By the time I reached 8th grade I had read Twenty-thousand Leagues Under the Sea, Treasure Island, lots of Sherlock Holmes, Deerslayer and The Last of the Mohicans, all three books in the Lord of the Rings, and other books in that line, boys' adventure stories---sophisticated and challenging reading for a kid but it's not as if I'd picked up The Brothers Karamazov, Nausea, or The Sound and the Fury.
I did read Moby Dick, but I'm pretty sure it was an abridged edition, and I wasn't conscious of its being a grown-up book. I thought of it as another adventure story. I also remember trying Huckleberry Finn right after I finished Tom Sawyer and deciding that I wasn't old enough to understand it yet. That was probably around fifth grade.
In 9th grade I read everything by Mark Twain and Kurt Vonnegut, but I don't remember being impressed with myself over it. So I think I was already thinking of myself as a grown-up reader. Naively, I also made the decision to read the books on the New York Times Bestseller list, thinking that those must be the best books. I've blotted from my memory all the crap I read. Probably wasn't more than a few books anyway. A helpful teacher told me the truth about bestsellers. I was in the process of figuring that out anyway.
In 8th grade I started reading the political potboilers of Allen Drury and I was plenty full of myself over that one. But I think the first grown up book I read that I was truly aware of as a grown-up's book that showed I was "grown-up" or, it's better to say, proved to me that I was growing up, was Bullet Park by John Cheever. That was the summer between eighth and ninth grade. My parents bought a summer place on Lake George that year and the previous owner left behind several bookshelves full of Book of the Month Club main selections when she moved out. The house had a big den, a "study" as my dad called it, with a fireplace, and my father and I used to stay up late together, reading by the fire. Up in the Adirondacks you can have a roaring fire almost every night in the summer. I started reading the books on those shelves, starting with One Very Hot Day by David Halberstam and Slaughterhouse-Five. But it wasn't until I got to Bullet Park that it occured to me that there was something different going on, that reading John Cheever wasn't the same as reading Allistair MacLean or even Allen Drury, and my mind was responding differently, and strangely, to what I read.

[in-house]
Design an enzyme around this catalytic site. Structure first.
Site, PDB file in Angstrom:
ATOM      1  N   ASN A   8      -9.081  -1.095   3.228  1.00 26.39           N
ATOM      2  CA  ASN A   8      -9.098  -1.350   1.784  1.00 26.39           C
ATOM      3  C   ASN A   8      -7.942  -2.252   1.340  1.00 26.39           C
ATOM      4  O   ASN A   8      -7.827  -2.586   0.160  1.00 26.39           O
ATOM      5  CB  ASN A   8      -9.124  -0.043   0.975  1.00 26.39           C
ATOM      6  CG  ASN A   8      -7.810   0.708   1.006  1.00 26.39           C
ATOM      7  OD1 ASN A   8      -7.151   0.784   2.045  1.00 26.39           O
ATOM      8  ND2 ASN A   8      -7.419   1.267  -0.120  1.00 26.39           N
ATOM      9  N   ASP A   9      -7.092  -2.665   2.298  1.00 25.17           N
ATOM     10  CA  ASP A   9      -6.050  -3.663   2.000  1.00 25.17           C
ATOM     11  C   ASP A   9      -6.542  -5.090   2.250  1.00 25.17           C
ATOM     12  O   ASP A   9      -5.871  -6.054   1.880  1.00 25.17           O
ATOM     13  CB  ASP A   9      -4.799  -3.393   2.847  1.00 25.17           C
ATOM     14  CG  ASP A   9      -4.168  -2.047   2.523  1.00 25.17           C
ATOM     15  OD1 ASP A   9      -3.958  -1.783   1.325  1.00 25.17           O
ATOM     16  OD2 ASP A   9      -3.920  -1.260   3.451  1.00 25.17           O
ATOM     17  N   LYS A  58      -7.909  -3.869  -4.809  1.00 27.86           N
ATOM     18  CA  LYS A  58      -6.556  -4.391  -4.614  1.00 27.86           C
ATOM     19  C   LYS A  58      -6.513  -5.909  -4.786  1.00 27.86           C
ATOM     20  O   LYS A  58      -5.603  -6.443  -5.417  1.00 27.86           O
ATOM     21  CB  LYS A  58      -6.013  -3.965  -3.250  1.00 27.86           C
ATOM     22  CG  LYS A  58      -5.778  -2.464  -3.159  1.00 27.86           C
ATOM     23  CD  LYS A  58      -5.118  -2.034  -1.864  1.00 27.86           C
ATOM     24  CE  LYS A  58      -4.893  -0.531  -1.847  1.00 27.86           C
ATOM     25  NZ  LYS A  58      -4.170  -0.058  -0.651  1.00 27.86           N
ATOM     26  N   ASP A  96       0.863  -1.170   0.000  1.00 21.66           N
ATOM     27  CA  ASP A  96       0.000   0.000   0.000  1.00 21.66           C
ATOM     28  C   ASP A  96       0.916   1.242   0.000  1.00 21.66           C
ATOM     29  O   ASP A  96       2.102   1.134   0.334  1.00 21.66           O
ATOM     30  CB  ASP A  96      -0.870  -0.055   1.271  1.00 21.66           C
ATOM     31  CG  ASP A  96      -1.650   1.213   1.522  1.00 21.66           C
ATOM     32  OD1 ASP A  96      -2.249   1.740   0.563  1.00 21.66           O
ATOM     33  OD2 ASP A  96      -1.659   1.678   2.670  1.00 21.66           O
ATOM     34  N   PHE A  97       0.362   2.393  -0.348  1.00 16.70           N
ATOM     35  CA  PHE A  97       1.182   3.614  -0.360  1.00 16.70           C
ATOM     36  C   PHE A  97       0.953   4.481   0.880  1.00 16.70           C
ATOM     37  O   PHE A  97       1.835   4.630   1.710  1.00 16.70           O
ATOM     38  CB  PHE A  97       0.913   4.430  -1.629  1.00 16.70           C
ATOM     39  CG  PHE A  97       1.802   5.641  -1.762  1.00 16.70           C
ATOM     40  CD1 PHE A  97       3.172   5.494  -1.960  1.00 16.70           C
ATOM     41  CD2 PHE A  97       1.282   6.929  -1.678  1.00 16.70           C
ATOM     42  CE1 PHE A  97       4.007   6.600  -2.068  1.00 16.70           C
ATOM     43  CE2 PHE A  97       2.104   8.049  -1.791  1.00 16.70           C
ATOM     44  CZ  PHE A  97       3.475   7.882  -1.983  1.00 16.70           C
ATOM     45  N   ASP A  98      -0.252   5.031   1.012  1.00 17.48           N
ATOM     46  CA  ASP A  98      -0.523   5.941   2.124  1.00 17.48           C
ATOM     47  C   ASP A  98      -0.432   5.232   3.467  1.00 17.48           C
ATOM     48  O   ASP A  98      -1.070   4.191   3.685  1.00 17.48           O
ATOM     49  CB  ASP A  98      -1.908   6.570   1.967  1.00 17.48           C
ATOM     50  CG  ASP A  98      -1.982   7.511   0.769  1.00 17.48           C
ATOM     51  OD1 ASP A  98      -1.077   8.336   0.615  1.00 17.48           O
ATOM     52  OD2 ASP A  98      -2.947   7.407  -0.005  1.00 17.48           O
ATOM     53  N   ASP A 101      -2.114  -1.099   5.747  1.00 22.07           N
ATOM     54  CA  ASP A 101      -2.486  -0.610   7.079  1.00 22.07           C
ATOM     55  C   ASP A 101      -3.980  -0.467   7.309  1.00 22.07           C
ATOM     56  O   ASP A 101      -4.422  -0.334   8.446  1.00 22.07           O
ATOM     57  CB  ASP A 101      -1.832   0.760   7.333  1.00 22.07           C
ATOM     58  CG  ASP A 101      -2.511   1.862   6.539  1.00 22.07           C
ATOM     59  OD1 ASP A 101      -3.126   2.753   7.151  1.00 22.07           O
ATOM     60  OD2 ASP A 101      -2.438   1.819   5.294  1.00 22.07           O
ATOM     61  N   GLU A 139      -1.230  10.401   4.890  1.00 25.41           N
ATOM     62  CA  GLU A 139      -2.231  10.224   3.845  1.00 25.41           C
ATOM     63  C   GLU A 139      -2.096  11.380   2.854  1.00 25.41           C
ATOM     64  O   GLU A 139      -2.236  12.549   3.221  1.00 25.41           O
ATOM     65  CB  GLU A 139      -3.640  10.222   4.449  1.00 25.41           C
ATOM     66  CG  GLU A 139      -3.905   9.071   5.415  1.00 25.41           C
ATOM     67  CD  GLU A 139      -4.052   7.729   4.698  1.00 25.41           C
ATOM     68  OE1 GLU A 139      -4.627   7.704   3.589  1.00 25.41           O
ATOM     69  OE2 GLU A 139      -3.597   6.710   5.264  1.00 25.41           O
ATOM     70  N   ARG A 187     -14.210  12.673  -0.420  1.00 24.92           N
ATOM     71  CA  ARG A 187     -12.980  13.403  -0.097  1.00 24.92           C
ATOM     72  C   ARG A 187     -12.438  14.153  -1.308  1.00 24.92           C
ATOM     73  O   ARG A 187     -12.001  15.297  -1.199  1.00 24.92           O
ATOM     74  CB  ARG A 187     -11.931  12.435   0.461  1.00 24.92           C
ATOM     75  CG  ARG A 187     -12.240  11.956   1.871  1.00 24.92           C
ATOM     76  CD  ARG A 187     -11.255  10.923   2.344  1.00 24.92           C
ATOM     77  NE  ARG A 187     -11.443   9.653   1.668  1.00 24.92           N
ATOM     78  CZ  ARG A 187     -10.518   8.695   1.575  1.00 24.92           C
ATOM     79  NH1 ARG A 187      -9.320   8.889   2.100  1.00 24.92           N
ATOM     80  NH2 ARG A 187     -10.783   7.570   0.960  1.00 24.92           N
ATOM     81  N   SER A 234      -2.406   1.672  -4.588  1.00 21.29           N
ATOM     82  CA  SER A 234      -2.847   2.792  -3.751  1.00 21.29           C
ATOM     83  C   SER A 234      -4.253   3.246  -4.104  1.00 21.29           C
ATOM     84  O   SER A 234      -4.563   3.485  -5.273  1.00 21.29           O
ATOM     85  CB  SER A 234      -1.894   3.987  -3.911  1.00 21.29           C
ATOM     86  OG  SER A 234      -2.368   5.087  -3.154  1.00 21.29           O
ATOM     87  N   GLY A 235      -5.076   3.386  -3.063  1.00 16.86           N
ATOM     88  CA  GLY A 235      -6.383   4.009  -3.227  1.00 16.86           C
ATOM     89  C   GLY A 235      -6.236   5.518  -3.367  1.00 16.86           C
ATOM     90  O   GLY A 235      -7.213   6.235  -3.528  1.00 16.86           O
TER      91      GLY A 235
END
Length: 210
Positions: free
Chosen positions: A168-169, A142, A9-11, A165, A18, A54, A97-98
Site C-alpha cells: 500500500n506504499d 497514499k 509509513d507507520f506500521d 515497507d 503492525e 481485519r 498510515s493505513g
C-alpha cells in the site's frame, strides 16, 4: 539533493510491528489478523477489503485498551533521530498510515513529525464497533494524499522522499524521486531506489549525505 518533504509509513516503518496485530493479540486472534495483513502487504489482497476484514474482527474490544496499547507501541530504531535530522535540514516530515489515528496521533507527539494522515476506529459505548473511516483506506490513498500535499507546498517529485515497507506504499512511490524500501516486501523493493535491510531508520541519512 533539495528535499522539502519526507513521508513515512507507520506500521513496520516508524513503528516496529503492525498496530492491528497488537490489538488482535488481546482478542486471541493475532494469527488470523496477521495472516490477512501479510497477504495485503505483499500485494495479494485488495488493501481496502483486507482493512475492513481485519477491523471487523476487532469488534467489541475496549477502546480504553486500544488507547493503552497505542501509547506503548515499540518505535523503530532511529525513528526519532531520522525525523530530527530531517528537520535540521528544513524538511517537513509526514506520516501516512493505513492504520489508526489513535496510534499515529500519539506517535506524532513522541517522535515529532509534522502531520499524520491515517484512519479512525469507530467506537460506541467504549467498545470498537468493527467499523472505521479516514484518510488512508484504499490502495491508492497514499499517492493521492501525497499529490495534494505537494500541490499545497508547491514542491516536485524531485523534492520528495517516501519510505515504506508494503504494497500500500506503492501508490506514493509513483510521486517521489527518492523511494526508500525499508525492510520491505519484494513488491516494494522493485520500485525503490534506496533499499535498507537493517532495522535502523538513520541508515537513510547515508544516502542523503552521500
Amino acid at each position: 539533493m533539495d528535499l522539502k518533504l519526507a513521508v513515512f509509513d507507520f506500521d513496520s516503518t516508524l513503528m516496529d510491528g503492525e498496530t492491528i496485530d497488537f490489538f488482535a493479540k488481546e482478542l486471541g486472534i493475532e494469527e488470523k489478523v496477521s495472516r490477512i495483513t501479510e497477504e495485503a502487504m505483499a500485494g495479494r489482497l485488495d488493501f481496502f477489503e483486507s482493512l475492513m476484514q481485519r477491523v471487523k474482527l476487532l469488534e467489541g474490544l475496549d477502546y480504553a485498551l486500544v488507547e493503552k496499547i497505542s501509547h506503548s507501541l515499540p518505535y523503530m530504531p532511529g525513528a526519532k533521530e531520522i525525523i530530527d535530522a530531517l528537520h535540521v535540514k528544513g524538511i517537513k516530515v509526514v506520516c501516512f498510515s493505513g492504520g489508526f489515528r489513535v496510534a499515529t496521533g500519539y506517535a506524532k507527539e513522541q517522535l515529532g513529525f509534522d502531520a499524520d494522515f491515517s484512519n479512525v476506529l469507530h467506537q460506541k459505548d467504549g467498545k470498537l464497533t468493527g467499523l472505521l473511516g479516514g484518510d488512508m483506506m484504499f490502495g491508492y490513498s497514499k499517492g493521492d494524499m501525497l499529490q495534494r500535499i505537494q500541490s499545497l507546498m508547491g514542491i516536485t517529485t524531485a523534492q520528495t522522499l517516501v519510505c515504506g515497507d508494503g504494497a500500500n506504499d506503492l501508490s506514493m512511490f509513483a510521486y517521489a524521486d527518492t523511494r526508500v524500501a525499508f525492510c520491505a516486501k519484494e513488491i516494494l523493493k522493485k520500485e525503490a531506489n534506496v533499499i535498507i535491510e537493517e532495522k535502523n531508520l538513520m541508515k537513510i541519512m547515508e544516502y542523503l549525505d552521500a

By the way, I hated Bullett Park and it left me with a permanent distaste for Cheever, which is a shame. Maybe.
Ok, the heck with it. Damn Peggy Noonan. Nevermind mush. If I can't get to Barnes and Noble, I can at least go get some coffee here. Meanwhile: What was your first grown up reading?
Phantom update updating a post I haven't written yet: On the subject of politics in the movies: Cali Dem of Nite Swimming has inagurated The Swimmy Awards. Cali's looking for nominations for 2005's Best Political Movie, Best Political Book, and Best Political Song.